“In line with international best practices EUCs for arms and ammunition are to be obtained before the shipment of the items from the originating country. These conditions equally apply for parts and accessories of all military armaments and hardware,” the guideline states.
A spokesperson for the Office of the NSA, the only government institution responsible for issuing end-user certificates, did not return requests for comments. But multiple sources within the agency that Mr Amosun or his state could not have been granted certificates to procure and store arms.
Also, the Nigeria Customs Service said Mr Amosun did not clear the deadly equipment through Nigerian ports, and that no one without an end-user certificate could be allowed to bring controlled items into Nigeria.
“Only the Office of the National Security Adviser can issue end-user certificate for importation of arms, and any person or organisation without the document cannot import weapons into Nigeria,” the spokesperson for the Nigeria Customs Service, Joseph Attah said, “I repeat: weapons can never be imported into Nigeria without end-user certificates.”
Mr Attah said even security agencies, including the police, military and Customs, are required to secure end-user certificates before embarking on arms purchase.
The Customs regularly intercepts attempts to import illegal arms into the country, but the owners often disappear as soon as such illicit shipments are discovered. Yet, security analysts believe that for every container intercepted by Customs, dozens would slip through the ports due to Nigeria’s porous security measure.
Illegal possession of arms is a criminal offence under several Nigerian statutes, including the Robbery and Firearms (Special Provisions) Act (1984) and the Firearms Act (1990).
In May, three Nigerians were sentenced to a combined 120 years in prison, including 20 years each for illegal possession of firearms. The Oyo State High Court relied on the Robbery and Firearms (Special Provisions) Act to convict the trio.
Arms proliferation has long been a big driver of election-related bloodshed in Nigeria, with hundreds of deaths reported across the country in the 2019 elections alone.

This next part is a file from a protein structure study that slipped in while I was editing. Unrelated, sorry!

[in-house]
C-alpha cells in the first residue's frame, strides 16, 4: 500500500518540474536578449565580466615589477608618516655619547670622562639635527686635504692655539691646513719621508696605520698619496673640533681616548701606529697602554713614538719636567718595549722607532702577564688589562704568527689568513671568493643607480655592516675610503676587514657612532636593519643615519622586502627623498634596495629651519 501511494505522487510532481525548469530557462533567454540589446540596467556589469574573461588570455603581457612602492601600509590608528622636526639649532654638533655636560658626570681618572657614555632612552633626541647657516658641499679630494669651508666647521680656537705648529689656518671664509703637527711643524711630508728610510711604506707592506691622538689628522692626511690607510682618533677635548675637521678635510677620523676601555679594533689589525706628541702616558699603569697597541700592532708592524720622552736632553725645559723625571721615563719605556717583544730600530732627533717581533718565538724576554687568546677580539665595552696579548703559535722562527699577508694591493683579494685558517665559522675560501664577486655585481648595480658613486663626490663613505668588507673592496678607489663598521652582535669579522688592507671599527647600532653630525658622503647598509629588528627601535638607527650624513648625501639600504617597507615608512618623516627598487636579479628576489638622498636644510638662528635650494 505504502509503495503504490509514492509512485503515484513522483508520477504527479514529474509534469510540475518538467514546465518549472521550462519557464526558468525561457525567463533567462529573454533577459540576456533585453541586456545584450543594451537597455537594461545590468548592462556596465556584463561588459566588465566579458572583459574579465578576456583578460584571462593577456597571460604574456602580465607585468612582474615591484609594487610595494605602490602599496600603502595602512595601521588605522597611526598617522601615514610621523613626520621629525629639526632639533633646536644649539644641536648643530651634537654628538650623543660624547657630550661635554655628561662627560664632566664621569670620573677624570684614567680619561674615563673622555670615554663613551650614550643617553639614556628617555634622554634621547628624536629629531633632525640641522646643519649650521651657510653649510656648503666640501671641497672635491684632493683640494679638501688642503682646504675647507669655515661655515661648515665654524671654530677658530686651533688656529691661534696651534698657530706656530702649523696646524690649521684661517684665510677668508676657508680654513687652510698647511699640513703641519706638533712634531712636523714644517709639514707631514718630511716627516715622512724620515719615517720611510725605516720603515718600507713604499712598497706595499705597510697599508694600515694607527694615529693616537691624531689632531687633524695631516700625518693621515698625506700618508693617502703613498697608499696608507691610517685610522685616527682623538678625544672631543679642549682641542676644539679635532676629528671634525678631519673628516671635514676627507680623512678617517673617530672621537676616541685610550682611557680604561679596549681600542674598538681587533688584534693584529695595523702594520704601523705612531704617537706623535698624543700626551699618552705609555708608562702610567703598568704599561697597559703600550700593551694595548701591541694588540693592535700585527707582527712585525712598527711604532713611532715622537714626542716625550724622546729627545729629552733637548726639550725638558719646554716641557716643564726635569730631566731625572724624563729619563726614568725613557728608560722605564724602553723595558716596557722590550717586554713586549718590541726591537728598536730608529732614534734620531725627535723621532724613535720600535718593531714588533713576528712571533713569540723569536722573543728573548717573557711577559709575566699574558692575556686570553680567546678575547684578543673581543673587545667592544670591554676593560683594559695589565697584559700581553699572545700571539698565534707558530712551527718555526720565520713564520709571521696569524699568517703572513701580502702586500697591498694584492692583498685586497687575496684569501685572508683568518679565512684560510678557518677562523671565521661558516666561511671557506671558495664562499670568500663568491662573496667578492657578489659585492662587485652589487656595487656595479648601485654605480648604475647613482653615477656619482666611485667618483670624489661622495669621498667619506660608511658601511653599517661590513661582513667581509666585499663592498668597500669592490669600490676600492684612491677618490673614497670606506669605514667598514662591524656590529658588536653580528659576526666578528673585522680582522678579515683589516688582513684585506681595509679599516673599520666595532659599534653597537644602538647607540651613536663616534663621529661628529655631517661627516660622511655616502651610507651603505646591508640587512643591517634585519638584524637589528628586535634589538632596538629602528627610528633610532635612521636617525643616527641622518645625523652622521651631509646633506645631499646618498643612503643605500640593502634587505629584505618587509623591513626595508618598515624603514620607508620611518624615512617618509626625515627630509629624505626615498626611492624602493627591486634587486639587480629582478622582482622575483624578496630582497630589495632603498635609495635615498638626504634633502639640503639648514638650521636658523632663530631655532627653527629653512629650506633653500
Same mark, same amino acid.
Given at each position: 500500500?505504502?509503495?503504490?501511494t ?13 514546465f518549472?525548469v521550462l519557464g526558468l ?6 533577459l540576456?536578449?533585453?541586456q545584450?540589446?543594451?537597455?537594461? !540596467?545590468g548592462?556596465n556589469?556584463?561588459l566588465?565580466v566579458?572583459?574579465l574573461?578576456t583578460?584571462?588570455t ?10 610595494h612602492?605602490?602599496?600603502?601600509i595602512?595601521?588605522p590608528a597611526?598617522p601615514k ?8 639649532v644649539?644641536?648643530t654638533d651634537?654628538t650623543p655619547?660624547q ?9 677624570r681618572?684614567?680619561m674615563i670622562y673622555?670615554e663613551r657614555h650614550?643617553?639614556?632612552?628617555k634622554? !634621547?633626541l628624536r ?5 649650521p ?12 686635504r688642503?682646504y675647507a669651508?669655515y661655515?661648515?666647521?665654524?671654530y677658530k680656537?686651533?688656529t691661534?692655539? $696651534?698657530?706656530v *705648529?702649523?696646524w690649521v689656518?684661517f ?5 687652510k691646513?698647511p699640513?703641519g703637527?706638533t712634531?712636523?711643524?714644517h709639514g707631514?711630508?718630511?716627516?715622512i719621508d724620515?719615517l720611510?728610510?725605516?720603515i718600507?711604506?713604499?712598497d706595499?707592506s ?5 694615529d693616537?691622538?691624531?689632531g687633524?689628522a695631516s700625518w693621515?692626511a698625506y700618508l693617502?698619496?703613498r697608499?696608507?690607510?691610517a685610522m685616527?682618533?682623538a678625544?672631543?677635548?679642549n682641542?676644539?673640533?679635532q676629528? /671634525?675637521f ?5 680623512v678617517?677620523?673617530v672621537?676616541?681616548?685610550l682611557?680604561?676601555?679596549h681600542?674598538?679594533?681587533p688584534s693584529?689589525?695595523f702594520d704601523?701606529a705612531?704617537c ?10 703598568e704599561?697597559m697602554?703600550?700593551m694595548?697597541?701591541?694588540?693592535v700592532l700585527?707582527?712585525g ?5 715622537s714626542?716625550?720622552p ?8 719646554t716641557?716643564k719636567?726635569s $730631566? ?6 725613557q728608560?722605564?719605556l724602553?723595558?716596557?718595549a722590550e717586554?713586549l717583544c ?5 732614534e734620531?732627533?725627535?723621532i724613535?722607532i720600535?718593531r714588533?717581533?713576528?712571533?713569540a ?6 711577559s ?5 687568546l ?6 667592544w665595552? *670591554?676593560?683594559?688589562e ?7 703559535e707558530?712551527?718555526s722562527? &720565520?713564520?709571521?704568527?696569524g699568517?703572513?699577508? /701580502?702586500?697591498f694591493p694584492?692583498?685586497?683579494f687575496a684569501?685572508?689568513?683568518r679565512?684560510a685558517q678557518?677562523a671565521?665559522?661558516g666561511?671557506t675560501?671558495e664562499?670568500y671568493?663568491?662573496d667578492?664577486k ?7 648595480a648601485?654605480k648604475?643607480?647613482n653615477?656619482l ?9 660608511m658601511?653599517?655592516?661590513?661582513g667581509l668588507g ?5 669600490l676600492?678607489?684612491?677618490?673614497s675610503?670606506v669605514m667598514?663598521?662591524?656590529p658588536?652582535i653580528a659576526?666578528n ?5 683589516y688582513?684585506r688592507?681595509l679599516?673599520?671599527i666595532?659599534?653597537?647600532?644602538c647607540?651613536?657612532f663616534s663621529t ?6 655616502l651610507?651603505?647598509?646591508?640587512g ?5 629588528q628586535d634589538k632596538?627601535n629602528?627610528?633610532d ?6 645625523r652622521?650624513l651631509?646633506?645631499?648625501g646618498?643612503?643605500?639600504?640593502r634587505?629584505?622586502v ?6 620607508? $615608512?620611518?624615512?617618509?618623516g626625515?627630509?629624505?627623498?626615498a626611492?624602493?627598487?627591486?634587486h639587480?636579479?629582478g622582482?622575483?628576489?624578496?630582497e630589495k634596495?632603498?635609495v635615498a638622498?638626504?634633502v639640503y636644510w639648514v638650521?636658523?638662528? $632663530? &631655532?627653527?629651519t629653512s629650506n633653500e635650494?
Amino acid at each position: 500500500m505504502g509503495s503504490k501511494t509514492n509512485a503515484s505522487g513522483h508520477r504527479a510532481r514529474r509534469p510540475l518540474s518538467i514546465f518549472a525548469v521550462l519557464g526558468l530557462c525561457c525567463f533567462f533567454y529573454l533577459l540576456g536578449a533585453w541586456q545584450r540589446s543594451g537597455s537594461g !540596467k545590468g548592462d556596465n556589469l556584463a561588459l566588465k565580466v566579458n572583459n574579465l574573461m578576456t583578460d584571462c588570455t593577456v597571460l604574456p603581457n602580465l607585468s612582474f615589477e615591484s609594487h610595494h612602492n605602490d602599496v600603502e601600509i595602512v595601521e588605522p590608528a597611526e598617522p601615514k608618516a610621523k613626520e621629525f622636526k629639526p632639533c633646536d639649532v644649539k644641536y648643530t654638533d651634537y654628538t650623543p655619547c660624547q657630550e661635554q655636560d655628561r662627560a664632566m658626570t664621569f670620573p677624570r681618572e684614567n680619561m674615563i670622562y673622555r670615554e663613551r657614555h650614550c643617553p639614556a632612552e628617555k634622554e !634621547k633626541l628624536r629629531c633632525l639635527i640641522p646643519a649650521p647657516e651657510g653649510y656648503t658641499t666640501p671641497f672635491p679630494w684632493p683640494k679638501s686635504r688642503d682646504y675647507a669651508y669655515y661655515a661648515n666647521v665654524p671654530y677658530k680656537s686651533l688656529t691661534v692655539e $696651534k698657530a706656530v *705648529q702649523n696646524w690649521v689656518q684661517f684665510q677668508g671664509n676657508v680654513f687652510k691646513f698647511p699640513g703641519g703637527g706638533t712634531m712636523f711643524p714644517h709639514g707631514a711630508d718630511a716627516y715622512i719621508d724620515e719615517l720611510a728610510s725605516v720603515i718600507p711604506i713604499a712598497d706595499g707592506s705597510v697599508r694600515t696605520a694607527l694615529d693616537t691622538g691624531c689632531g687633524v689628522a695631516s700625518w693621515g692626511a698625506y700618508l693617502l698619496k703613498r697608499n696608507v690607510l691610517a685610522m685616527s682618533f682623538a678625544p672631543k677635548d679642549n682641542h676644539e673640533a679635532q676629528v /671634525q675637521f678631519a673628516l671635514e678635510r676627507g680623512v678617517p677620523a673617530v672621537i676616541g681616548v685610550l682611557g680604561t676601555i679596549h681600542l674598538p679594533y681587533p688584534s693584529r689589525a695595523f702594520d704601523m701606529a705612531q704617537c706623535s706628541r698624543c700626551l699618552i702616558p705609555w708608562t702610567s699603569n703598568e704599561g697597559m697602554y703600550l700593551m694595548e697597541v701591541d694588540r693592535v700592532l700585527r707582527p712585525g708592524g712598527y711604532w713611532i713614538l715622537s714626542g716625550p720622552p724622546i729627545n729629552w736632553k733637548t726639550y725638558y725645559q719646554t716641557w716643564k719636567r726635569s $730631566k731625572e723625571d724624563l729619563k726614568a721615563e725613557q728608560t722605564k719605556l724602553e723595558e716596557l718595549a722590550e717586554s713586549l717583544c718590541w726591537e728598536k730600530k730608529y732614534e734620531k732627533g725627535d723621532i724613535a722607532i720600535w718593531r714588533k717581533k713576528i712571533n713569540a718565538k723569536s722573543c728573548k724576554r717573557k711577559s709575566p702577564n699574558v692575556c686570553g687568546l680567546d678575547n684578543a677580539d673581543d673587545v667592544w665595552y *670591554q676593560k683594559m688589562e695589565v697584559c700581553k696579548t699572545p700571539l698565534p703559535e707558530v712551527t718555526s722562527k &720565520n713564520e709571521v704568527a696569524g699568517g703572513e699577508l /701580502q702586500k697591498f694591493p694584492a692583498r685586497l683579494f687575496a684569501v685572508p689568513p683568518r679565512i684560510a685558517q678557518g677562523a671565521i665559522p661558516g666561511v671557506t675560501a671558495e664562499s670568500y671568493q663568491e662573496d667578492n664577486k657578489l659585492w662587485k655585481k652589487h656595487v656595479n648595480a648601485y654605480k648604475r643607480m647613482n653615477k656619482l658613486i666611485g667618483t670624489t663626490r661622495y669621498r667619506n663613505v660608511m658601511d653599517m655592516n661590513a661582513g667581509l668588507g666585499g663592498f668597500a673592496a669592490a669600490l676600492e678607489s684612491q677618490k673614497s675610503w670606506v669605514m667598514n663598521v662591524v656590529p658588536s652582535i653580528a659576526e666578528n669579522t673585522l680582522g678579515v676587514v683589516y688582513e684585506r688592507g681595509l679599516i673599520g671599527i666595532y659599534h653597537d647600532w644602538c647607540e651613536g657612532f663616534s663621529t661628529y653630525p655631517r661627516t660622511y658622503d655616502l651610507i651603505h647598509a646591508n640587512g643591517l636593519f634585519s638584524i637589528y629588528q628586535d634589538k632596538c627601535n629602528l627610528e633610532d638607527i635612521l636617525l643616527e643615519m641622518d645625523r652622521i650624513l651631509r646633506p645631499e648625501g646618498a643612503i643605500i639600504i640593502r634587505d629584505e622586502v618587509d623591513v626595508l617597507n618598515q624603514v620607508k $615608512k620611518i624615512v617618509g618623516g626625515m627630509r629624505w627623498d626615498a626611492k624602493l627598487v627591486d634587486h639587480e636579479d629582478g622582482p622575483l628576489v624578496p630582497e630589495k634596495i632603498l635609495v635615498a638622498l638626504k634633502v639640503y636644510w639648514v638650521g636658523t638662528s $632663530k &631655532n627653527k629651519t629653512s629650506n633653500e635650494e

In Mr Amosun’s Ogun State, a number of residents died in widespread shootings between February 23 and March 9, the days of the presidential and governorship elections, respectively.
Most of the election-related deaths, including of police officers, were reported in Ilaro, Abeokuta and Ijebu-Ode, three of the state’s largest cities. Security sources blamed the killings on arms proliferation across the state, a menace they said had been largely difficult to contain.
Security analysts and civic groups contend that politicians are the major suppliers of deadly weapons into the streets because of their desperation for victory — which they often find impossible to recover post election.
Aside election violence, arms proliferation has also been linked to the growing spate of kidnapping, banditry and herdsmen violence — claiming tens of thousands of civilian deaths within the last four years alone.
Mr Amosun also recognised the danger of arms proliferation in the early days of his administration. Less than four months after he assumed office as governor in September 2011, he raised a judicial panel to probe the proliferation of arms in Ogun.
He blamed his predecessor, Gbenga Daniel, for fostering an atmosphere of gun violence for political benefits, and imposed a moratorium on gun ownership in the state.
Amosun, police in conspiracy of silence
PremiumTimes’ reports that efforts to get Mr Amosun’s comments were rebuffed by the politician. Several text messages, WhatsApp messages and telephone calls to his two active telephone lines went unacknowledged or returned over five days.